Pete’s Blog&Grille: The Go-To Trucker for C&W Music
Elwin Shaw, aged 70-something, runs Shaw Farm Supply in the Northern Ontario town of Mindemoya, which is smack in the middle of Manitoulin Island, in the northern waters of Lake Huron.
In addition to the farm-supply enterprise, Shaw has a couple of other passions; specifically, his specialized trucking business and country&western music.
Shaw is such a walking C&W wikipedia that a few years back, Mike “Big Mike” Abel, the program director of the local FM station (100.7 theislandfm) asked Shaw if he’d share his knowledge with the station’s audience.
Despite having zero on-air experience, Shaw agreed and these days, every Wednesday, he and Big Mike share a mic, in a show called Elwin’s Honey Wagon.
And now you know what kind of trucking Elwin Shaw does. (Pumping out septic systems of a community is a great way to really find out what’s going on, he says. You’re privy to a lot of inside info. Get it? Bathrooms? Privy?)
Anyway, Radio Station 100.7 also operates the six-year-old Manitoulin Country Music Festival, and this year, headliners included the delightful Teri Clark, Grand Prairie’s Emerson Drive and, from Nova Scotia, George Canyon as well as the Rankin family. (It’s pretty much a Canadian dream-team.)
The thing is, in addition to piloting the honey wagon, Elwin Shaw rents out portapotties, and because he has friends in places, he is — naturally — the go-to portapottie supplier for the Manitoulin music festival.
And he takes as much pride in his portapotties as he does in his music.
This is what he told me: ‘I’m not naming names, but you know these singers do a lot of traveling, to festivals all over the country. Several of them told me that out of all the places they visited, my portapotties were the cleanest and most comfortable.”
That’s quite the endorsement.
And he’s not just blowin’ smoke.
Like every other technology, the art and science of the portapottie have come a long way and if you haven’t been in a new one recently, you owe yourself a visit.
They’re more comfortable, the edges of the seats are contoured, and some have running water and electric lights and/or skylights. Elwin tells me that some of the Cadillac versions have marble-like counter tops and if they’re kept clean throughout their tour of duty (he leaves attendants on site to keep them spiffy) the portapotties will even smell pretty.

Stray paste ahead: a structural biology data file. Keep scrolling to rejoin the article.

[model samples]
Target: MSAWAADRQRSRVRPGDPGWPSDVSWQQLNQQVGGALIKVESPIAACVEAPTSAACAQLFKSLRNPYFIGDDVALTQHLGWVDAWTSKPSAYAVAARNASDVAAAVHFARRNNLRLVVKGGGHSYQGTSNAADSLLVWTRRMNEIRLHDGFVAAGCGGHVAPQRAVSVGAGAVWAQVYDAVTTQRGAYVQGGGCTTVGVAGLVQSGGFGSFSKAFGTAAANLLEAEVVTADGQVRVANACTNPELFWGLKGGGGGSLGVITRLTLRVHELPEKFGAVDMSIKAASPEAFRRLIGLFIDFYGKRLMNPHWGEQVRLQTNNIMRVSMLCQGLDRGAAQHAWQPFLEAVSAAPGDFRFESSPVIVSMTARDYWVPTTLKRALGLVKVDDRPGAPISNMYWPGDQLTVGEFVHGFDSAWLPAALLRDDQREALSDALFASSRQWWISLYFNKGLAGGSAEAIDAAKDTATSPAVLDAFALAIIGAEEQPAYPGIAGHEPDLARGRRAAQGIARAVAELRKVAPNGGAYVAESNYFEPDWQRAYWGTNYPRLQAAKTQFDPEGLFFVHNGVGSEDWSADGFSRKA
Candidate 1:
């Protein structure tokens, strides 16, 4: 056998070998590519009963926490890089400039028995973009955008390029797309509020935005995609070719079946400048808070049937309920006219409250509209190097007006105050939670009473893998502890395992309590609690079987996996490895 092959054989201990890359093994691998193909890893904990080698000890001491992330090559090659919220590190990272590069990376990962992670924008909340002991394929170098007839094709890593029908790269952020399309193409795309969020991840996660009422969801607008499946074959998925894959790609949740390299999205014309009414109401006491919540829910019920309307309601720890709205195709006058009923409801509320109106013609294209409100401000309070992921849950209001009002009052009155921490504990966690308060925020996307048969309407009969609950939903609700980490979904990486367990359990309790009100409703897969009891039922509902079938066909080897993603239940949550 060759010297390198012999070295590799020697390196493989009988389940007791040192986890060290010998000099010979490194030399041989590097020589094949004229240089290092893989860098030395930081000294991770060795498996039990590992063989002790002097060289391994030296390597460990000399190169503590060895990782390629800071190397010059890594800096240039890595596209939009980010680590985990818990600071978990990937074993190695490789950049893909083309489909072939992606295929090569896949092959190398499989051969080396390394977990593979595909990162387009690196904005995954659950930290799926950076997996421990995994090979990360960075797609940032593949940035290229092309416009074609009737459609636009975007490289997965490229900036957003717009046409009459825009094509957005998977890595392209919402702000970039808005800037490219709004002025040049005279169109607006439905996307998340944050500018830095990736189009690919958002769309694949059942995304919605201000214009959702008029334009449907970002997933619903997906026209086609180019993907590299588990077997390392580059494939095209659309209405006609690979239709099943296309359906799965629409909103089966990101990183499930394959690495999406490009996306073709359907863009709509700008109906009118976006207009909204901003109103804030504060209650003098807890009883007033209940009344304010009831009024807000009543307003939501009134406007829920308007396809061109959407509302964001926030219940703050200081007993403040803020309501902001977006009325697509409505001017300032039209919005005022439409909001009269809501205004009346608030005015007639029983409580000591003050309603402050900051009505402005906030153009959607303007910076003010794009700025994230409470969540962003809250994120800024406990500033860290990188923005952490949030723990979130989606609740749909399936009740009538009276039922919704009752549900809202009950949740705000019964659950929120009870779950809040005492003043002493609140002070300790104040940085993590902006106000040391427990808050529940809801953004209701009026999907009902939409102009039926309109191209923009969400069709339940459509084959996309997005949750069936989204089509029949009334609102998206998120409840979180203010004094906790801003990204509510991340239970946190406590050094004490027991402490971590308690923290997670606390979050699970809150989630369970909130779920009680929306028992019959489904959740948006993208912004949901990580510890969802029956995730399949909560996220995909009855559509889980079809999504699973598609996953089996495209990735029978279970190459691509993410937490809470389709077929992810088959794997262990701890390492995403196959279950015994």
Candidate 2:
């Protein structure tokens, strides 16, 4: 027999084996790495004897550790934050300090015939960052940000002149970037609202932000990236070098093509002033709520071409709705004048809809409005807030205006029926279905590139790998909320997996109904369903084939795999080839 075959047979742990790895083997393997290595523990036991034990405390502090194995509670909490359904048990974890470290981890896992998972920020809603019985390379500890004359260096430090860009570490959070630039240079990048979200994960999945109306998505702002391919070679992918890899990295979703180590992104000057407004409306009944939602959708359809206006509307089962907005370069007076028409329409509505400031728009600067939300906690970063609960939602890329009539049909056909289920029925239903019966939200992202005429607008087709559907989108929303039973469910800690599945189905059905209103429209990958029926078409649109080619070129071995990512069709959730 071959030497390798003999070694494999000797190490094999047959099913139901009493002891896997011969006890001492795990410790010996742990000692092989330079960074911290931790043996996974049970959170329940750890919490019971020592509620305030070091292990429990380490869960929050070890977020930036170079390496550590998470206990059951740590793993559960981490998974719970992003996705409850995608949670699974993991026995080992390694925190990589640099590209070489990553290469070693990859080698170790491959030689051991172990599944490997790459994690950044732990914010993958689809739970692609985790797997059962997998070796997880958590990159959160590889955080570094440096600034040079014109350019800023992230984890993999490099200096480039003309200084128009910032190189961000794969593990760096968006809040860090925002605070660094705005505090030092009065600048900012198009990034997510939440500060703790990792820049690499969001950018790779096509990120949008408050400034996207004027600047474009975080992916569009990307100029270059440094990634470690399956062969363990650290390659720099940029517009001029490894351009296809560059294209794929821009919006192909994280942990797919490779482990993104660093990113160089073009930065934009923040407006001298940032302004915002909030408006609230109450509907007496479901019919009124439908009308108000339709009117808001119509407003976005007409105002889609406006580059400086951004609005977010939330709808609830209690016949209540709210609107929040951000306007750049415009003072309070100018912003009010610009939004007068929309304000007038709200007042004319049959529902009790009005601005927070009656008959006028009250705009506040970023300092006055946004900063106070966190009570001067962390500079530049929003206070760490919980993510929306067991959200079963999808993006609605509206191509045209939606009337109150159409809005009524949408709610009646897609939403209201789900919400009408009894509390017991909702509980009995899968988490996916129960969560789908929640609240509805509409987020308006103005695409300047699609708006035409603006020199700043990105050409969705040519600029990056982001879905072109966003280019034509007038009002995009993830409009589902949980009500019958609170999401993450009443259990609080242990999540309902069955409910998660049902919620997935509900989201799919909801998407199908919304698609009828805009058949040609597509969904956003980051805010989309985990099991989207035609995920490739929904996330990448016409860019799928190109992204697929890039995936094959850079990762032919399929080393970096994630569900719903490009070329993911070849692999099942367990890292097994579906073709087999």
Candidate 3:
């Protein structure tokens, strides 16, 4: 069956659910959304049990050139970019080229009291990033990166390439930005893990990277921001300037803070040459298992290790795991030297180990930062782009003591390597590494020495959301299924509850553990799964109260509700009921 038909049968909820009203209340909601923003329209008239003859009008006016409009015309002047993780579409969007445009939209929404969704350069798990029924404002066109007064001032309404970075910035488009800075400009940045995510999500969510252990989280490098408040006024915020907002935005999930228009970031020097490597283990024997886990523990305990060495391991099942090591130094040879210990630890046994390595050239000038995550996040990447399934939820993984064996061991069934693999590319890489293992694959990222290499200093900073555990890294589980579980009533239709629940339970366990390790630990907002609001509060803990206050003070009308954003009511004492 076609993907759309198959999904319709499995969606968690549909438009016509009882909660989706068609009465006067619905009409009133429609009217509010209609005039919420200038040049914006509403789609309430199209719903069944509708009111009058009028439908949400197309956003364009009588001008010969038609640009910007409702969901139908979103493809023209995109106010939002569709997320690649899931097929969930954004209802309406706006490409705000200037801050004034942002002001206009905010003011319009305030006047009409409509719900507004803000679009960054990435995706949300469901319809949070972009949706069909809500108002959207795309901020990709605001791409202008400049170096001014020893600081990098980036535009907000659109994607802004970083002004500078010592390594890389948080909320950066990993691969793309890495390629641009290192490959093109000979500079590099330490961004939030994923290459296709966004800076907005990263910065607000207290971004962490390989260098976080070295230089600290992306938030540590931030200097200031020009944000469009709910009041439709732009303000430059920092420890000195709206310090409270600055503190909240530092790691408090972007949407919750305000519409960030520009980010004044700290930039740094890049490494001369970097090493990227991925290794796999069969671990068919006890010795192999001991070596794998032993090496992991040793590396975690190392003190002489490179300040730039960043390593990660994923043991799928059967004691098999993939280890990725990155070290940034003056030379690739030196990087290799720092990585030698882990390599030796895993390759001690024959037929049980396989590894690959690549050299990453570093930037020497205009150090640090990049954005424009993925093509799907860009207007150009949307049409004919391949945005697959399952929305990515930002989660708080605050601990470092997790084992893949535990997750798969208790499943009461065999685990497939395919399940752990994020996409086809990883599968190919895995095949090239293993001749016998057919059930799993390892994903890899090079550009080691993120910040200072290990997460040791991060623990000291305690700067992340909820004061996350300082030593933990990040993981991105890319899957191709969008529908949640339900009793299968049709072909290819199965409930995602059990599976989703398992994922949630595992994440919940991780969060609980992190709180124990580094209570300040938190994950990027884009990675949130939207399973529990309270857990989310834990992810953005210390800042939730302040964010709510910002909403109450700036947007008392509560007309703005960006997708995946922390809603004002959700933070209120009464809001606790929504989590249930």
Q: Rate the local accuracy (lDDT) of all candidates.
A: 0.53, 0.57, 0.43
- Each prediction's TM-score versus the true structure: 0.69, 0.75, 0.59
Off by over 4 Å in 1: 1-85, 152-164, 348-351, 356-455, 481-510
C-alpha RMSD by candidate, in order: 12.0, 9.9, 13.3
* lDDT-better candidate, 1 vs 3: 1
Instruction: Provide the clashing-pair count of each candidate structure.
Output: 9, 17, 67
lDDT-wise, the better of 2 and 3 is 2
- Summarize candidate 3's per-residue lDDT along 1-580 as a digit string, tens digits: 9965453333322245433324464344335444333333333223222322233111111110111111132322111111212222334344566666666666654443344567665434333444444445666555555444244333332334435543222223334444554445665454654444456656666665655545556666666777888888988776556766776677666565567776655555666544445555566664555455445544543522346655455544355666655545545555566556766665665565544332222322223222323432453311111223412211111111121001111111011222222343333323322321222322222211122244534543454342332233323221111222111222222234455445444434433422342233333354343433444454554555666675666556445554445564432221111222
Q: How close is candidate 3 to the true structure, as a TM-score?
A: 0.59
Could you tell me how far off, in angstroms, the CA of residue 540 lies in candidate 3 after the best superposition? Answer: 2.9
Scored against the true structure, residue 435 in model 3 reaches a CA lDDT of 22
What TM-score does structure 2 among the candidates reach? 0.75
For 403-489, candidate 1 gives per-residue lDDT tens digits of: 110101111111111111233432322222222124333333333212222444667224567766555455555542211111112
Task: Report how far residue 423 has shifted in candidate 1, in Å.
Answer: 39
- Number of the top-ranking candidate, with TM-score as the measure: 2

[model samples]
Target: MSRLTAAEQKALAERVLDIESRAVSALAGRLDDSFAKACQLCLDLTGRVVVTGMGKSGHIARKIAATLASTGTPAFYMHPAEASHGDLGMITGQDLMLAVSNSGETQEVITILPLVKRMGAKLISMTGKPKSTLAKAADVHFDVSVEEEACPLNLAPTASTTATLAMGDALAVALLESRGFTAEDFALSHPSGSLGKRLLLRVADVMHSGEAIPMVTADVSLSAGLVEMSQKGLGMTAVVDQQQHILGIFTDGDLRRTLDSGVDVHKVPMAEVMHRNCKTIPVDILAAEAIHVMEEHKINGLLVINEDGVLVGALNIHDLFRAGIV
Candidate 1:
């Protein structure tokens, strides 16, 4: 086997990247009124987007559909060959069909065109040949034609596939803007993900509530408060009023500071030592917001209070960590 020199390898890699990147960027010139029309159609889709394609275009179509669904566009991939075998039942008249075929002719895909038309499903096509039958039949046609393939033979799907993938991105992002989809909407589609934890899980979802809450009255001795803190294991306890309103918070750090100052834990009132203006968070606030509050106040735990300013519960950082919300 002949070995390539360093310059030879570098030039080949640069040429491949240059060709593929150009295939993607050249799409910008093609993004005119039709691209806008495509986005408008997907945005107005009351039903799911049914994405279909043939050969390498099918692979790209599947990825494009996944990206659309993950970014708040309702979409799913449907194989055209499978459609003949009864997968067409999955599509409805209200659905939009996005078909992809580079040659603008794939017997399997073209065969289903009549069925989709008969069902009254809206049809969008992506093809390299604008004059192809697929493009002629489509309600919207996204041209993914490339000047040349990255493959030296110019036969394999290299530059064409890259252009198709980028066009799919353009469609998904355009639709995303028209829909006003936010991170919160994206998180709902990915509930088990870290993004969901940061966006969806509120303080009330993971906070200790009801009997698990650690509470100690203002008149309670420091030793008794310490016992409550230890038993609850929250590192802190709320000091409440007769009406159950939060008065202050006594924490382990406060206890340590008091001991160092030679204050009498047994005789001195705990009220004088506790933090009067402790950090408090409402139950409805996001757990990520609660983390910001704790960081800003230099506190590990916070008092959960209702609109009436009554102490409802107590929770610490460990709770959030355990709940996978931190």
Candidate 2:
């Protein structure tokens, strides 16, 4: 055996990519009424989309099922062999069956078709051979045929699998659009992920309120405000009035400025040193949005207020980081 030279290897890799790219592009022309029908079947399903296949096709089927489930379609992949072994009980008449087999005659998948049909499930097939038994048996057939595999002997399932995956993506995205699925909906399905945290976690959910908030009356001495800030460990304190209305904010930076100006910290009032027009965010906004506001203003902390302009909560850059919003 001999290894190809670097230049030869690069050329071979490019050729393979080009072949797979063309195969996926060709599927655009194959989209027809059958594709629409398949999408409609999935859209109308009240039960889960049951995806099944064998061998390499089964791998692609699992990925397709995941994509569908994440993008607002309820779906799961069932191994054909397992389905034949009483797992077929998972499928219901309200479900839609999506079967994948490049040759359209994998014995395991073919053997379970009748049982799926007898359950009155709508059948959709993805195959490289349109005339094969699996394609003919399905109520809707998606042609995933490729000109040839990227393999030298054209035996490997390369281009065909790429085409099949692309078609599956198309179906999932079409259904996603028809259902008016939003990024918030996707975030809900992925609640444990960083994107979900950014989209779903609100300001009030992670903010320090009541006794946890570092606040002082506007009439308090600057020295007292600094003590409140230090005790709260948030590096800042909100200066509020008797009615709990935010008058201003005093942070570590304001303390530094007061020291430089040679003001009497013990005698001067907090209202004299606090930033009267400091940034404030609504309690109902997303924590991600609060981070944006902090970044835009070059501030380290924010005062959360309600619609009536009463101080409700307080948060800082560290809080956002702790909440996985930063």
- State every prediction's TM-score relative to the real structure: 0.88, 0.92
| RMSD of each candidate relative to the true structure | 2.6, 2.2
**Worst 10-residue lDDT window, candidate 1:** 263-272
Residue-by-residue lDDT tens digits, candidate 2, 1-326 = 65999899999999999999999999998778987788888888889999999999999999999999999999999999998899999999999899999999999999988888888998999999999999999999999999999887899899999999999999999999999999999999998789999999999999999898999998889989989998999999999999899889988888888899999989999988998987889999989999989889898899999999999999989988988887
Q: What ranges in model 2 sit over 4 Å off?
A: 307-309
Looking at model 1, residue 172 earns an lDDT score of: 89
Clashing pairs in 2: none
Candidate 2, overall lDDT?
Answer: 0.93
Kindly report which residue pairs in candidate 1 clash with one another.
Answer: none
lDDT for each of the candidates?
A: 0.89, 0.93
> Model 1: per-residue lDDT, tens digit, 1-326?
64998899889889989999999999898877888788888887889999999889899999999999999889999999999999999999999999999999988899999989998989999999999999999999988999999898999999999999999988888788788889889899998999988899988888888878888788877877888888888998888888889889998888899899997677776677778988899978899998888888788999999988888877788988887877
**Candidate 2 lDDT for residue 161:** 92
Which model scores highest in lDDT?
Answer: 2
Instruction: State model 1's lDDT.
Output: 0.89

Elwin uses a special substance that makes the air in his portapotties smell like bubble gum. Talking about the things with him almost makes me want to go.
Before I do go though, I must tell you why meeting Elwin Shaw comes as such great news to me.
First of all, I’m extremely fond of Manitoulin Island and I love country music.
Second, I’m constantly on the prowl for story ideas. The Elwin Shaw story pretty much writes itself. Watch for it with photos in an upcoming issue of Today’s Trucking.
Third, I’ve enlisted Elwin’s contribution to our ever-expanding 50-Best–Trucking-Songs-of-all-time project. He’s on the case and promises to report back soon.
Finally, I’m in the magazine business. I want people to read more magazines. I think reading magazines is the key to happiness and an integral ingredient in the recipe for human advancement.
Where else do people learn how to bake better pies; pack more effective shotgun shells or get the most out of their two-hour workout? Where else but in special-interest magazines do readers advance their own games, whether you’re talking Canadian Home Workshop helping your son use the right saw blade or Today’s Trucking apprising you of the latest emission-control rules?
It is my personal mission, therefore, to encourage the consumption of magazines.
And where do magazines get read?
Desks. Cottages. Airplane seats. Waiting rooms. Restaurants when you’re eating by yourself. Staff lunchrooms. Grocery-store lineups. Waiting at a loading-dock. Or at the border.
And last but least least — and in a paragraph all its own — there’s The John.
I could show you research proving just how much magazine reading gets done in the john, but let me sum it up thusly: The day people no longer use the bathroom will be a sad day for the magazine business.
So if the portapottie manufacturers of the world see fit to make their little buildings so comfy you’ll stay and finish an entire article, they should be encouraged.
I think Nobel should introduce a whole new category of prize for improved bathroom-literacy. (Nobel Pees-prize anyone?)
My point: Whatever people do to make magazine-reading places better lit or more comfortable, I’m for. Bring on the air-conditioned with piped-in-country-music portapottie!
Only good will come out of it.